Wednesday 11 February 2009

Stuff I know, Stuff I don't know

I don't know what these are called but they are my new favourite not-too-sweet-kanoms and the lady who sells them is well, pure and lovely (unlike me). Anybody know their Thai name please? They are 'si som' just like the farang when they've been out in the sun too much chai mai krub ;)

They have biodegradable wrapping, are inexpensive, yummy, sold by an even yummier lady in this instance, and I've never had them in all the years I've been coming to Thailand since 1993 as a 23 year old immersed in very very dangerous ideas of simulacra (yes plural I'm afraid)

Here's something that I know I wrote over here in the comments where it was all kicking off for a few hours like in the old days when Richard had more time to write his quite brilliant stuff.

There are probably two communications books that were prophetic. McLuhan's Understanding Media which is still breathtaking given it was first published in 1964 and of course The Cluetrain manifesto which we all really wanted to be true 10 years ago, but had to hold our breath for a while before it manifested itself as brilliantly prescient.

That doesn't mean both are flawless, but the sheer volume of predictive accuracy gives them a slightly mystical halo which they both solidly deserve.

However, the notion of markets as conversations is completely contextual (everything is contextual) and was (still is....) a brilliant summary of the anthropological traits that drive much/most of commerce and life.

But let's be clear. Markets are transactional micro and macro models of human interaction, and here's the point that the Cluertrain authors were brilliant enough to articulate; conversations too are transactional. It’s a two way street to be absolutely perfick as the Darling Buds of May once showed us.

Furthermore even though we talk about the ability to just be human and refrain from carpet bombing each other with marketing jargon through what is evidently (to me), a completely new dialectic (based on ancient principles), the hard truth is that many of us often don't know how to engage in a conversation because to be really good at it requires incredible patience, lots of concentration and a paradoxical lightness of touch so as to make it fun, informative, comforting or constructive. That’s just for starters. The list is endless as are contexts.

We talk about ‘The conversation” as if it's not rocket science but here's an heretical view I hold. We think humans are terrific at communication. We think that the evidence shows quite clearly that throughout the entire animal kingdom, the human species is the finest and most sophisticated of species for communication because we get those featherlight nuanced nods of humour about prophylactics and hey, we've got the internet too, which if continuous partial attention is anything to go by could well be something akin to extra sensory perception. But let me park that ticking time bomb to one side for another day/blog.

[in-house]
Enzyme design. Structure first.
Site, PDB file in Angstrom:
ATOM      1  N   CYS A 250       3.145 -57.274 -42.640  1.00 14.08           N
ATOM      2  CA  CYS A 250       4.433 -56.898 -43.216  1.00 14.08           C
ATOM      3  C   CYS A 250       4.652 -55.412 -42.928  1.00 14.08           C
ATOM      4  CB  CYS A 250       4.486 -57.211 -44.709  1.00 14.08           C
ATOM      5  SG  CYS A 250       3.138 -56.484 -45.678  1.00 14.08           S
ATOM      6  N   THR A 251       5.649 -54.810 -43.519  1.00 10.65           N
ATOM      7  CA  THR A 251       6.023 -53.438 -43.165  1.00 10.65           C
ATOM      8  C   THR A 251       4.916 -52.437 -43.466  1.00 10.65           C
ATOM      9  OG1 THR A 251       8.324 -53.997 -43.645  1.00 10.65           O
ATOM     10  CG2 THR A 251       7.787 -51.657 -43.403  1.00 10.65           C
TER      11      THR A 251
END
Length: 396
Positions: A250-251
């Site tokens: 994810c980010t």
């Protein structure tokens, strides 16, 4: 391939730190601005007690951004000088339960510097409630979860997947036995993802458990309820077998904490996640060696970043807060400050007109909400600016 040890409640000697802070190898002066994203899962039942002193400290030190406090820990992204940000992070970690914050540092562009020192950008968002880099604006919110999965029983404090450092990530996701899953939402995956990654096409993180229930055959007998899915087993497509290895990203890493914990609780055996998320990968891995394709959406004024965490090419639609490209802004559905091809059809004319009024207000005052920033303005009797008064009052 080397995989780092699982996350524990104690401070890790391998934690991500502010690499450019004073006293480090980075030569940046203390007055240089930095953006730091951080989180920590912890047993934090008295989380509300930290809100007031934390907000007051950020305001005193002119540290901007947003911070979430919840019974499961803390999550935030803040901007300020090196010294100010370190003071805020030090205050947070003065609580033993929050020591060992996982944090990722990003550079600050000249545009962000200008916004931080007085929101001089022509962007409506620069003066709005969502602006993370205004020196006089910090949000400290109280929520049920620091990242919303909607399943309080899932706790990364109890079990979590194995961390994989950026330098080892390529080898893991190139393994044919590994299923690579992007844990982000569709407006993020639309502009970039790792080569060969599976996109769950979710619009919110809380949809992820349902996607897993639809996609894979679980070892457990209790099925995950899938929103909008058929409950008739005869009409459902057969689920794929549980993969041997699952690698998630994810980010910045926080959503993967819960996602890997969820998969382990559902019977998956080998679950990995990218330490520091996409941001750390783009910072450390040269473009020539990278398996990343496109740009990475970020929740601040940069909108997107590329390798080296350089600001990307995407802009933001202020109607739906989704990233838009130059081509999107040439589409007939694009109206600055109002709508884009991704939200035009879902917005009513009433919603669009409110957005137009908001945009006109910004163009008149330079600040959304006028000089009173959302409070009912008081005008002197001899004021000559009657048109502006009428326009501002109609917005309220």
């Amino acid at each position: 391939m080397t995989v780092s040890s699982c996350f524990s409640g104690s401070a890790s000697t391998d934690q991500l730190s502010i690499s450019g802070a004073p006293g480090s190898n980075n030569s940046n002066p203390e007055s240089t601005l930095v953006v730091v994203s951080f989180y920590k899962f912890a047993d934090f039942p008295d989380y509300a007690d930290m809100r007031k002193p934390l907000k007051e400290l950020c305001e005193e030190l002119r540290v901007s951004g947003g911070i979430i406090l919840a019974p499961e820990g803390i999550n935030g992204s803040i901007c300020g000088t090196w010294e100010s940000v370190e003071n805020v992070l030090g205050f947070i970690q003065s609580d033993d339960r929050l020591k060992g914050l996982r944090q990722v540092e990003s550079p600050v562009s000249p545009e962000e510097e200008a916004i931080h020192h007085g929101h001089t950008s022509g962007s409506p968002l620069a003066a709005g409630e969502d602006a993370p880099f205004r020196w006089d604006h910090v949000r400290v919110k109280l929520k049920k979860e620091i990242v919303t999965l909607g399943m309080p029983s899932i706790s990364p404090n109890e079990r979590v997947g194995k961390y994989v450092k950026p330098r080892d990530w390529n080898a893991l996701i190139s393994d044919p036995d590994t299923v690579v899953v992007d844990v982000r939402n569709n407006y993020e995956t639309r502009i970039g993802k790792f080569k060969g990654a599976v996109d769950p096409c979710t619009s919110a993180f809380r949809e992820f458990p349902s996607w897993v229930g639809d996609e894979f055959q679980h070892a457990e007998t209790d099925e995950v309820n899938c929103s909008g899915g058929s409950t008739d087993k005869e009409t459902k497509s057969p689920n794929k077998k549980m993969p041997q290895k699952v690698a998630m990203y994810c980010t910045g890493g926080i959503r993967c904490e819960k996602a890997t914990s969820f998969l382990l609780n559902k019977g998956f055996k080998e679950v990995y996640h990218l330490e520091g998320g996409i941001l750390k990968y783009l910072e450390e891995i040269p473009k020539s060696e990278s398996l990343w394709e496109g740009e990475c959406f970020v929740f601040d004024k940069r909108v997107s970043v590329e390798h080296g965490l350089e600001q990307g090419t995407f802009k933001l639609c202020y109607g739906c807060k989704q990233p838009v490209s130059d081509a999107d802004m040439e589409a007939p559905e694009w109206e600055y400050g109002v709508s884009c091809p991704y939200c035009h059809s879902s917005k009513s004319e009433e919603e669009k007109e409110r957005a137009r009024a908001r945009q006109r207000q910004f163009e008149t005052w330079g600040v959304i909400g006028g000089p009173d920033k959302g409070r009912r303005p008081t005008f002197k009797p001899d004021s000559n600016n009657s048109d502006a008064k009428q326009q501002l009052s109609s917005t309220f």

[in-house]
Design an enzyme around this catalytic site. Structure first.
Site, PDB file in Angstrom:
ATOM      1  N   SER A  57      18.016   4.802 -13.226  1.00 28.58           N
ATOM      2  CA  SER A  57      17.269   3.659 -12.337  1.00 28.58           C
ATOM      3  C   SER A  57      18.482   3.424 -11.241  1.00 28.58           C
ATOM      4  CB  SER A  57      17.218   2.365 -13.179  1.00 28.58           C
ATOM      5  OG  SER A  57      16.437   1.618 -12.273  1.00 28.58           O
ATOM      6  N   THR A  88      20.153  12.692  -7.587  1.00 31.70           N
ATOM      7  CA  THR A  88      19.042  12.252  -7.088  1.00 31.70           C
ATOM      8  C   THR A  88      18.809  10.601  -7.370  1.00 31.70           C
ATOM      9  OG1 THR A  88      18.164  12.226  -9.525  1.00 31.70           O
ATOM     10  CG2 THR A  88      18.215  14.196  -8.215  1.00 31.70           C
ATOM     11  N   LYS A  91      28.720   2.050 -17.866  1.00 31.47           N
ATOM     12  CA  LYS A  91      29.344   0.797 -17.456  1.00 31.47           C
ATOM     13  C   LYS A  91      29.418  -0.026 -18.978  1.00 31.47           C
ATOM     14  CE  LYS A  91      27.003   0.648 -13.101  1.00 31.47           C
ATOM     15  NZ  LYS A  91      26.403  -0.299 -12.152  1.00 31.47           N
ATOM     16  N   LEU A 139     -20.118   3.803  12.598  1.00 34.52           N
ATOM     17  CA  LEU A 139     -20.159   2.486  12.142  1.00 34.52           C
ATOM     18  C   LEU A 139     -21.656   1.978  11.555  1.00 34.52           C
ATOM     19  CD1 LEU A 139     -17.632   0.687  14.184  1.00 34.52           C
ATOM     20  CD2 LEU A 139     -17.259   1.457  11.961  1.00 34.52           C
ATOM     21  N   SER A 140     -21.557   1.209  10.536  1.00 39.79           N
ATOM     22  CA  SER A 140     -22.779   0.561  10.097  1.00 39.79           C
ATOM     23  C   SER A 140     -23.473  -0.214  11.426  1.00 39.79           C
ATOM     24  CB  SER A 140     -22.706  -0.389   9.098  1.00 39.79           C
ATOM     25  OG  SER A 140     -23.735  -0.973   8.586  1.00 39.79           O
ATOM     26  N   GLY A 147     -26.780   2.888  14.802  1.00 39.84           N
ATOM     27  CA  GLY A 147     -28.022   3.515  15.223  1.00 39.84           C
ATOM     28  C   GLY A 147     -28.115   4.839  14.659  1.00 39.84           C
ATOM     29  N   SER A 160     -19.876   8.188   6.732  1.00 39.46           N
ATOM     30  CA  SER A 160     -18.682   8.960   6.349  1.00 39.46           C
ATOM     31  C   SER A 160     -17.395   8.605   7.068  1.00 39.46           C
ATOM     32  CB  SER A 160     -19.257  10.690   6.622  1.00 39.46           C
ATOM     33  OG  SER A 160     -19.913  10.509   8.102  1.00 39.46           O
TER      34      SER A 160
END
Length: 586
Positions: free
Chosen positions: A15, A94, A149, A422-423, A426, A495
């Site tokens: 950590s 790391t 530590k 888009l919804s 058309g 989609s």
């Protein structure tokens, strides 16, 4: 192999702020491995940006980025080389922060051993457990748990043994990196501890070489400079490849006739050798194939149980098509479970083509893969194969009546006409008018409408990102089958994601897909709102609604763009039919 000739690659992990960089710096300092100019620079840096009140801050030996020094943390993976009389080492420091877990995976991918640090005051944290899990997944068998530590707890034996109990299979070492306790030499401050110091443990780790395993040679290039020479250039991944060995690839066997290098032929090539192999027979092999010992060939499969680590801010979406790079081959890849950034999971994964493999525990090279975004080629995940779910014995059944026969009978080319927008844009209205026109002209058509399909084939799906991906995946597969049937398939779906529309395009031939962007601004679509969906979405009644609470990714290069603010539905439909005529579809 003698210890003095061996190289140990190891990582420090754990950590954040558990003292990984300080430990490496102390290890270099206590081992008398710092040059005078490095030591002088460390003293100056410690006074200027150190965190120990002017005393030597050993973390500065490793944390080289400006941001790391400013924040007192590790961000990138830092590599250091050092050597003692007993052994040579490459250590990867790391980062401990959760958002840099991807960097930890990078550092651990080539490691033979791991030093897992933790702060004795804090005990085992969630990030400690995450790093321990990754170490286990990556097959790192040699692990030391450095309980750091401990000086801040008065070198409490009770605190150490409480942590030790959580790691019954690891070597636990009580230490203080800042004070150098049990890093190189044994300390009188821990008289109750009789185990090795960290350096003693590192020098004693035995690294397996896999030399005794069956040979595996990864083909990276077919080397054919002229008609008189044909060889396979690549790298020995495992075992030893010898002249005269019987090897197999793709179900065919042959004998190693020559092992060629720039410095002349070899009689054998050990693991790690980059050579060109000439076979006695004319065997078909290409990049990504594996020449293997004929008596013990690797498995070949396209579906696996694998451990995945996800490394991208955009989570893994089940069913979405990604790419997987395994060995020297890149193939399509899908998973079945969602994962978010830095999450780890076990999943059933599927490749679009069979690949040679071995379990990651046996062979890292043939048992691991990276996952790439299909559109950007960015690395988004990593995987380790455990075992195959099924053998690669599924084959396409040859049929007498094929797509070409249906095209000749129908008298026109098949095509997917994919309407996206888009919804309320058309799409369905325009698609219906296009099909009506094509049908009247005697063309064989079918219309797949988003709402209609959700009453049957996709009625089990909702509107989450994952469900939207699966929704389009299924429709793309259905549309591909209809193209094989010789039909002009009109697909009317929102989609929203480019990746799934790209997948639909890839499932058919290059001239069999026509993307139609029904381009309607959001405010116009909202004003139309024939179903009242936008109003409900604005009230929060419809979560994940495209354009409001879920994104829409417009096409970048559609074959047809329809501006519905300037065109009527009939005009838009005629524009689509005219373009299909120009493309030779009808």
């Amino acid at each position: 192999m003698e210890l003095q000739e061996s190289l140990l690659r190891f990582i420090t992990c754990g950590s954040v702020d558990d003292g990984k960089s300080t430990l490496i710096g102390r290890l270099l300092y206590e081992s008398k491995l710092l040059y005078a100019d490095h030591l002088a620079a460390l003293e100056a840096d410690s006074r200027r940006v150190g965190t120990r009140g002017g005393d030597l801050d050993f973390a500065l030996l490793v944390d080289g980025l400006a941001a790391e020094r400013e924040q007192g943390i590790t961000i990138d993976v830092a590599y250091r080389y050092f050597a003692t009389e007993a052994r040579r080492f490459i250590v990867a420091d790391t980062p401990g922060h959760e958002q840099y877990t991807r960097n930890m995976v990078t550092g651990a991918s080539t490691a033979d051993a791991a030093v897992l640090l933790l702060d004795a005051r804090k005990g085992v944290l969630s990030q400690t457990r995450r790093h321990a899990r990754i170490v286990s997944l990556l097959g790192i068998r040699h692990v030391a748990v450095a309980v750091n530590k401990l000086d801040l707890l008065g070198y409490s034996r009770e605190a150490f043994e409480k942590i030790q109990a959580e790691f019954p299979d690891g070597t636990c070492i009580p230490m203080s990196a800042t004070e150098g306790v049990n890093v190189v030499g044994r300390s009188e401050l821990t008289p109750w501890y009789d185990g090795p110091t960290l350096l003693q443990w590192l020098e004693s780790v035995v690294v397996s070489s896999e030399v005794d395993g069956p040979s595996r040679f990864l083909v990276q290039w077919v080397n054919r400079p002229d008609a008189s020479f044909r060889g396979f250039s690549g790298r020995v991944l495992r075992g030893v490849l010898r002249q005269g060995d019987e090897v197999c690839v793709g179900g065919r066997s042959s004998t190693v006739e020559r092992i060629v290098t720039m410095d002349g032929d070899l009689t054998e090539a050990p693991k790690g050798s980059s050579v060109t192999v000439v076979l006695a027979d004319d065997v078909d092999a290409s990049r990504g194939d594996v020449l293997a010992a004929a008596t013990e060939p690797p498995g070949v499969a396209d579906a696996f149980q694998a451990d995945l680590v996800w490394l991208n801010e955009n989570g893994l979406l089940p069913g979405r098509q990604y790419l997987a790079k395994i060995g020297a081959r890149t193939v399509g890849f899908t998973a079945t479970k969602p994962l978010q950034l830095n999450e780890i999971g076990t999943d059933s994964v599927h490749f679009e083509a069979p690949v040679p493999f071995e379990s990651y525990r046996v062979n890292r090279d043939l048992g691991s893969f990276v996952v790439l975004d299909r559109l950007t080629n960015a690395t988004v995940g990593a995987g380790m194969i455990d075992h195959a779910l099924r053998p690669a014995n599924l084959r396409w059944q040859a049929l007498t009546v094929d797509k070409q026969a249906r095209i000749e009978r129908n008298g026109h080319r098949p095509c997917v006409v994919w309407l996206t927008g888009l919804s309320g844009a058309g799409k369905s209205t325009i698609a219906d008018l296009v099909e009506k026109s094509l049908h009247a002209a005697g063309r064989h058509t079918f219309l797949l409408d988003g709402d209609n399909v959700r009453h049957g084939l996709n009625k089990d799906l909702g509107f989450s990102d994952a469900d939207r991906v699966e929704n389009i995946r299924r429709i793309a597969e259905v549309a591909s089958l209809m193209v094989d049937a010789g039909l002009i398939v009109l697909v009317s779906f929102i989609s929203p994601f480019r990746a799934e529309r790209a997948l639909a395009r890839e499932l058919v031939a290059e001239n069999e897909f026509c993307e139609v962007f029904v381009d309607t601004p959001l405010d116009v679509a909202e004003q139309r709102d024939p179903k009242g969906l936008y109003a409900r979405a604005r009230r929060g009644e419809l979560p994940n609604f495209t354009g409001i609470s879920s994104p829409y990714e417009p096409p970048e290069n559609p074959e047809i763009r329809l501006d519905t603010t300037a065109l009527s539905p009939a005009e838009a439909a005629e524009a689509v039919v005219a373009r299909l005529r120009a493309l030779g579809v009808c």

The reality is that the human species is borderline cretinous at communication. A quick look at the 20th century and its two global wars (everybody fighting everybody) plus say Gaza and Zimbabwe for good measure should be sufficient evidence of our astonishing ability to, say the wrong things, misunderstand what was said, take offense, read intent that doesn't exist, put pride before pragmatism, or pragmatism before pride when necessary.

Point is we've always been rubbish at communication, and the internet seemingly adds a depth of understanding that was never there before. Or is it just me that would quit smoking or TV in order to keep my internet connection?

But to suggest that a conversation is easy...... Fuck me.....

Try striking up a conversation about the most pressing problems of our time with the next person you meet.

As I said. Everything is contextual.

I don't know the slightest thing about this operating system but a lot of computers in Asia are running it and I'm needing one to triangulate the Microsoft and Apple ones I'm on.

I don't know what Absolut Rasp tastes like (but I can imagine - alcoholic fruit crush?).

I know how to do this but please don't tell my mum.

I don't know this guy's name but I do know he made the floor go spastic in the most beautiful way I've only ever witnessed just a small handful of rare times in my life (OK, maybe two small handfuls), and that I was surrounded by the most incredibly beautiful (mainly Thai) women, while it all kicked off to some rather carnal hardcore beats (ladies you made my jaw drop that night).

Big shout to you my friend. You pump large.

And I do know that I just spent a couple of weeks or so thinking about the sort of people I took a picture of below (in 2006 on an i-mobile phone camera (how I loved you)), who watch every Baht they spend (how I love you more), and it was good.

I do know that the stuff I don't know is inversely proportional to the stuff I think I know (my inner Rumsfeld speaking) which is microscopic really.
That's about it for the time being.Thank you.